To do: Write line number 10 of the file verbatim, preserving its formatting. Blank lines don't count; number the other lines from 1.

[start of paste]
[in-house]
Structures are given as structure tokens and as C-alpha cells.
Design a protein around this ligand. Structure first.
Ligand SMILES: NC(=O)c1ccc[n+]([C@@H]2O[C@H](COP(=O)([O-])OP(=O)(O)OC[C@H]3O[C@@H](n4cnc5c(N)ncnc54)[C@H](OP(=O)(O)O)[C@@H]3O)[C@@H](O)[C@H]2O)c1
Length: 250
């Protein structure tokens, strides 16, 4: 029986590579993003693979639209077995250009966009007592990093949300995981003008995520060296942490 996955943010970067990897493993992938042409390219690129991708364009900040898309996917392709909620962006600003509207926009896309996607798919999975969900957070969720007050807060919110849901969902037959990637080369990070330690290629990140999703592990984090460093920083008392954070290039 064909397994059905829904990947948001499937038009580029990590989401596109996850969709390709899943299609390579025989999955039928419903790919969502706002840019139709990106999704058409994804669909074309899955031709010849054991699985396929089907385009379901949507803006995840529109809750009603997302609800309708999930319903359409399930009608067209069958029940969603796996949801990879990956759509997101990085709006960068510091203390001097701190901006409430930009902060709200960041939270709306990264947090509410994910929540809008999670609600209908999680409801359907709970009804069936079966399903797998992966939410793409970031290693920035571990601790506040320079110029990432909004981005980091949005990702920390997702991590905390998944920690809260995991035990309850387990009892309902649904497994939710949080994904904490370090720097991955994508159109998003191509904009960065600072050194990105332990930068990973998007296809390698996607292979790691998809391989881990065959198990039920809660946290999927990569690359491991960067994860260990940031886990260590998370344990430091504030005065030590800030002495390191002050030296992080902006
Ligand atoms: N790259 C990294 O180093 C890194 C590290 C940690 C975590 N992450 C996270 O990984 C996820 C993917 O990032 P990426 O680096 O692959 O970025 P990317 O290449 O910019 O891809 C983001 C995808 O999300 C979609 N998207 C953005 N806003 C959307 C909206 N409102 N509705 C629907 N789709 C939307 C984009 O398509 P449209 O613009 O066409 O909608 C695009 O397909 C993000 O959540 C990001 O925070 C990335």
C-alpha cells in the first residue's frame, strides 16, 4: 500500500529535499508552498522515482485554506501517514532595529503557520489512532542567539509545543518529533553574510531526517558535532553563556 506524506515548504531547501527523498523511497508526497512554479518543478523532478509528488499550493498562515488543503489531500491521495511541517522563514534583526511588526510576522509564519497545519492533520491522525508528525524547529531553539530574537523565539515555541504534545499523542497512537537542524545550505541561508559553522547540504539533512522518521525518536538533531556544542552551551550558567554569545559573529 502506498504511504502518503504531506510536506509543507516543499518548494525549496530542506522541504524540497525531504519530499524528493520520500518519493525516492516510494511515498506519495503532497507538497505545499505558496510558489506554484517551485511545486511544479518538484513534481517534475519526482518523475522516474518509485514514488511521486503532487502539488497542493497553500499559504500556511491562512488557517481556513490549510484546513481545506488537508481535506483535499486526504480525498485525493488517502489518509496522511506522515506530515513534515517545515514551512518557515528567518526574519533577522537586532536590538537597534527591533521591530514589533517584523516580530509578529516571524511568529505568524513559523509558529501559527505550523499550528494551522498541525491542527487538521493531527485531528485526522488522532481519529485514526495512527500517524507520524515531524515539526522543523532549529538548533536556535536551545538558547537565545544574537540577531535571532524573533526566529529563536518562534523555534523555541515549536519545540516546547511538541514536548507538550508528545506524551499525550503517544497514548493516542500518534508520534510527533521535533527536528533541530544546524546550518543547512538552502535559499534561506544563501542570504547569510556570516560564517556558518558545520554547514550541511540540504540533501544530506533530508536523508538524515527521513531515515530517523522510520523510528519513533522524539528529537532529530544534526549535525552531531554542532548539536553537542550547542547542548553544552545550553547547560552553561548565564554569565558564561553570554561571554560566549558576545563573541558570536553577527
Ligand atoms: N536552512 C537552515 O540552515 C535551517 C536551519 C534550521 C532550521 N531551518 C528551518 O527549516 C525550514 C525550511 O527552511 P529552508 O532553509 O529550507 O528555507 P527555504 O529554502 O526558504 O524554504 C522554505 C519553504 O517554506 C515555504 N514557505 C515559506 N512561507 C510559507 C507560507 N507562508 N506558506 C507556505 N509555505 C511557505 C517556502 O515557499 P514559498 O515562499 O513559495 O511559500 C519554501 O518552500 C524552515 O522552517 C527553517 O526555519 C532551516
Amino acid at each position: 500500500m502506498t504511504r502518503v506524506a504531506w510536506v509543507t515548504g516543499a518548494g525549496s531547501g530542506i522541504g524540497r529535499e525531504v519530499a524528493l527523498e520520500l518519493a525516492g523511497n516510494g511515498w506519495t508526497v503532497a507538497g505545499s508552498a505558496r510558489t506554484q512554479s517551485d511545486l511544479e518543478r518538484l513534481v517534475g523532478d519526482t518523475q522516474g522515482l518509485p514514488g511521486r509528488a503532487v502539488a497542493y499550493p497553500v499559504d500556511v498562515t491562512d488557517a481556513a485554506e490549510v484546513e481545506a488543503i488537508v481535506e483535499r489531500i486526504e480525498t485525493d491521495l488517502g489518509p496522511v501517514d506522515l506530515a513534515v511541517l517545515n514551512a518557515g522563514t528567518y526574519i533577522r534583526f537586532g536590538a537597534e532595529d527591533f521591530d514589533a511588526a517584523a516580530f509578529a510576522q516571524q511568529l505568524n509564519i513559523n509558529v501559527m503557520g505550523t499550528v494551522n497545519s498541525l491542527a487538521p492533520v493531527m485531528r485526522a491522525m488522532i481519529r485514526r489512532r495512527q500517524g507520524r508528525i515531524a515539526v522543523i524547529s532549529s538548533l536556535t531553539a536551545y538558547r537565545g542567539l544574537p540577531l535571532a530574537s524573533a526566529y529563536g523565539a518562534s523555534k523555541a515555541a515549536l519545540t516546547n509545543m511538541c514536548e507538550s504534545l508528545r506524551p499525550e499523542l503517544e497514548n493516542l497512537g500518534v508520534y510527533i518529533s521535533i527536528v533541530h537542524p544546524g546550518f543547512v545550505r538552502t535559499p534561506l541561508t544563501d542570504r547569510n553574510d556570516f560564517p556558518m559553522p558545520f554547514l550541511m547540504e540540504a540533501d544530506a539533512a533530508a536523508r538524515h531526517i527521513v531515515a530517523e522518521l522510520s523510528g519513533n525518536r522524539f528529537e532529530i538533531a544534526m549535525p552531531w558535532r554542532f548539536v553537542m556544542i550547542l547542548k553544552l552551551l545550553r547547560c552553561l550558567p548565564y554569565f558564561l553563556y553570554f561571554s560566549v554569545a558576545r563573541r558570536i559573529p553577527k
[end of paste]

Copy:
Amino acid at each position: 500500500m502506498t504511504r502518503v506524506a504531506w510536506v509543507t515548504g516543499a518548494g525549496s531547501g530542506i522541504g524540497r529535499e525531504v519530499a524528493l527523498e520520500l518519493a525516492g523511497n516510494g511515498w506519495t508526497v503532497a507538497g505545499s508552498a505558496r510558489t506554484q512554479s517551485d511545486l511544479e518543478r518538484l513534481v517534475g523532478d519526482t518523475q522516474g522515482l518509485p514514488g511521486r509528488a503532487v502539488a497542493y499550493p497553500v499559504d500556511v498562515t491562512d488557517a481556513a485554506e490549510v484546513e481545506a488543503i488537508v481535506e483535499r489531500i486526504e480525498t485525493d491521495l488517502g489518509p496522511v501517514d506522515l506530515a513534515v511541517l517545515n514551512a518557515g522563514t528567518y526574519i533577522r534583526f537586532g536590538a537597534e532595529d527591533f521591530d514589533a511588526a517584523a516580530f509578529a510576522q516571524q511568529l505568524n509564519i513559523n509558529v501559527m503557520g505550523t499550528v494551522n497545519s498541525l491542527a487538521p492533520v493531527m485531528r485526522a491522525m488522532i481519529r485514526r489512532r495512527q500517524g507520524r508528525i515531524a515539526v522543523i524547529s532549529s538548533l536556535t531553539a536551545y538558547r537565545g542567539l544574537p540577531l535571532a530574537s524573533a526566529y529563536g523565539a518562534s523555534k523555541a515555541a515549536l519545540t516546547n509545543m511538541c514536548e507538550s504534545l508528545r506524551p499525550e499523542l503517544e497514548n493516542l497512537g500518534v508520534y510527533i518529533s521535533i527536528v533541530h537542524p544546524g546550518f543547512v545550505r538552502t535559499p534561506l541561508t544563501d542570504r547569510n553574510d556570516f560564517p556558518m559553522p558545520f554547514l550541511m547540504e540540504a540533501d544530506a539533512a533530508a536523508r538524515h531526517i527521513v531515515a530517523e522518521l522510520s523510528g519513533n525518536r522524539f528529537e532529530i538533531a544534526m549535525p552531531w558535532r554542532f548539536v553537542m556544542i550547542l547542548k553544552l552551551l545550553r547547560c552553561l550558567p548565564y554569565f558564561l553563556y553570554f561571554s560566549v554569545a558576545r563573541r558570536i559573529p553577527k